My search for the illusive
Common names: Aardvark, ant bear (Eng.); Aardvark (Afr.); sambane (Zulu)
I’ve always been a champion of the proverbial underdog. That’s possibly why I have always been a bit fascinated by the ‘lowly’, much over-looked Aardvark. Such an interesting looking creature! Any opportunity I have had over the years to spend time in a nature reserve has always included something of my eagerness to see one in person. Alas, no such luck! But, my hopeful search continues…
These amazing long-eared (rabbit?), long-snouted (greyhound x pig?), long-tailed (kangaroo?) critters are like ninja ecosystem engineers! Their burrows create an essential micro-living environment for a whole host of other creatures that would not survive certain climate conditions without this shelter. As many as 25 mammals, 7 birds, 6 reptiles and 1 amphibian have been found to rely on Aardvark burrows; both for short or long-term housing and as a place to raise their young. The importance of Mr Aardvark’s landlord role is highlighted by the fact that one of the birds that builds their nests in Aardvark burrows is the Critically Endangered Blue Swallow! Naturally, any impact on Aardvark presence and numbers could have significant impact on their survival.
Sadly, Aardvarks are hunted for bushmeat and are in high demand in the traditional medicine trade and have been documented in traditional medicine markets in Gauteng and the Eastern Cape. In addition to this menace, Aardvark habitat loss is, unfortunately, a matter of course, due to farming and human development and expansion.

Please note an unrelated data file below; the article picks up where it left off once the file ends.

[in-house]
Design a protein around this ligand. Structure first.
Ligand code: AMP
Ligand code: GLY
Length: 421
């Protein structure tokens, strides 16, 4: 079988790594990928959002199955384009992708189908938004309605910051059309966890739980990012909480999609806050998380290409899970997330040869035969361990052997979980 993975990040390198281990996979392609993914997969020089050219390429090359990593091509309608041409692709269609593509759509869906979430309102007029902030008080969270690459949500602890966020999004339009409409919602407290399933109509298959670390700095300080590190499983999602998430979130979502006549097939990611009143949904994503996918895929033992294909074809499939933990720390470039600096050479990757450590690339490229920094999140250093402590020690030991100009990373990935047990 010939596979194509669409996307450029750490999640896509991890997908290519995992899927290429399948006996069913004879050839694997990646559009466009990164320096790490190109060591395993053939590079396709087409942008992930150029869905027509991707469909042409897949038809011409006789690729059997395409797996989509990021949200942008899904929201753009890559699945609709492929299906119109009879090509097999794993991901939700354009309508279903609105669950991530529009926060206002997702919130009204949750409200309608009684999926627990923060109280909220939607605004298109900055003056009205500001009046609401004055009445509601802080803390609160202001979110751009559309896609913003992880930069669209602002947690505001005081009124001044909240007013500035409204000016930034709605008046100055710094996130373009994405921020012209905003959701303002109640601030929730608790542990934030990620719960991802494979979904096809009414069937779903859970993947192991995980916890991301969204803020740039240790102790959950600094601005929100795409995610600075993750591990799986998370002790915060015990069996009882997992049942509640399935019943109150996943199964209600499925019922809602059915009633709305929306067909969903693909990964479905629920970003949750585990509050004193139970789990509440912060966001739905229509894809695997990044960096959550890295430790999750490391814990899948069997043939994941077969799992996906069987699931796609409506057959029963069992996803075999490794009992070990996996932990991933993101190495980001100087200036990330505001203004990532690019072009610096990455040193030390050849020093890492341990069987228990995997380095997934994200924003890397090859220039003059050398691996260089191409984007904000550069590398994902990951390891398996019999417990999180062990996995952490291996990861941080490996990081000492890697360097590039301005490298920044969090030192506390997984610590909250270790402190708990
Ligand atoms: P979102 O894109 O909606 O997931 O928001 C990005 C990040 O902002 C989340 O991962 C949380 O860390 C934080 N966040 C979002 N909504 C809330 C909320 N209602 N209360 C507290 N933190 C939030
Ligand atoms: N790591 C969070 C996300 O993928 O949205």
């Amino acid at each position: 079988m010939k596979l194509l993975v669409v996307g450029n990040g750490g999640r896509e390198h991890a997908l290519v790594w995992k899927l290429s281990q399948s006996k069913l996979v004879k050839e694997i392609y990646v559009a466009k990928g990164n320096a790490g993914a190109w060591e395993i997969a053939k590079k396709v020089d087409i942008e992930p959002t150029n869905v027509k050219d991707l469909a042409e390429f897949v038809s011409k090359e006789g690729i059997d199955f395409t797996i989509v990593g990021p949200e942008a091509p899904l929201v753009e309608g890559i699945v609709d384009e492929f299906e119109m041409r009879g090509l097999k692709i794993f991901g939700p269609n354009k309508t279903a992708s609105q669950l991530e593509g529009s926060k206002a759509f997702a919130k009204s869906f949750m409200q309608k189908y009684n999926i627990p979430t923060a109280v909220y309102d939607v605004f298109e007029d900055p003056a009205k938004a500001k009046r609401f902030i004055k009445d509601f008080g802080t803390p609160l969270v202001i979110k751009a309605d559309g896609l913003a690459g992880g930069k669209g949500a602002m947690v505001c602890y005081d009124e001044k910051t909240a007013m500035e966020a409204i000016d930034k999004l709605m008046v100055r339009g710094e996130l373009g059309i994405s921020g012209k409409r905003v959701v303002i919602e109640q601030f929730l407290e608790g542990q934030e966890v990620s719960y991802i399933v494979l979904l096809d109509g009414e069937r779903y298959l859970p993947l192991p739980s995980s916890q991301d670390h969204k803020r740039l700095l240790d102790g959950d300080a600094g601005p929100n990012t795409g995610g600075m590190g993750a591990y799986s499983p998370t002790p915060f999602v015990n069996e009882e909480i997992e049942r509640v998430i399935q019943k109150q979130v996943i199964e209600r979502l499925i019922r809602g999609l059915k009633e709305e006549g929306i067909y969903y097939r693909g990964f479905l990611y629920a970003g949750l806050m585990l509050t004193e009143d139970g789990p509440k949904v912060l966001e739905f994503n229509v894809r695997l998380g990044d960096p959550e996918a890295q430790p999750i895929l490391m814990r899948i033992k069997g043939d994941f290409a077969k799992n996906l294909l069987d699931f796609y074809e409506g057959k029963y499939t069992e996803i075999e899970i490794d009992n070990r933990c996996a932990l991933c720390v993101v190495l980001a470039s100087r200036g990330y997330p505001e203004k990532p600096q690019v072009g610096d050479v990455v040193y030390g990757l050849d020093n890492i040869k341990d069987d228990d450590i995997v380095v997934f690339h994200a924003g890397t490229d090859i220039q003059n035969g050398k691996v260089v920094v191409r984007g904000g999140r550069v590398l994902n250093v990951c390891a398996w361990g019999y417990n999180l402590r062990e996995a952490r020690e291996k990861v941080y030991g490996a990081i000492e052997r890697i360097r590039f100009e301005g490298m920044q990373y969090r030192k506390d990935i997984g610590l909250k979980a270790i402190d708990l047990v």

Aardvarks are nocturnal and are found throughout Africa (south of the Sahara Desert). They have exceptionally powerful feet and claws, which they use to dig their burrows. Their burrows are often complex and extensive and have multiple entrances and exits. Their claws are somewhat spade-shaped making them very efficient for digging. Once the sun sets and the day cools down, they emerge from their burrows and put their ‘spades’ to good use to dig into termite mounds to reach their favourite food. While they do eat ants, which makes them “ant eaters” they are not “Anteaters”, a completely separate species native to South America.
Did you know? These earthmoving machines can dig up to .6 metres in 15 seconds!
They are the only living representative of their species classification order, Tubulidentata and it is thought that their closest living relatives are golden moles and elephant shrews. These solitary animals only join up to mate. Females are pregnant for 7 months and only ever have 1 baby at a time and no more than 1 baby a year.
If you think these animals are fascinating too, why not ask your Mabalingwe-VRS Game Ranger about possible sightings on the Reserve, on your next Game Drive?
You can contact the Le Fera Mabalingwe-VRS Ranger Team via Reception on +27 (0) 14 001 7011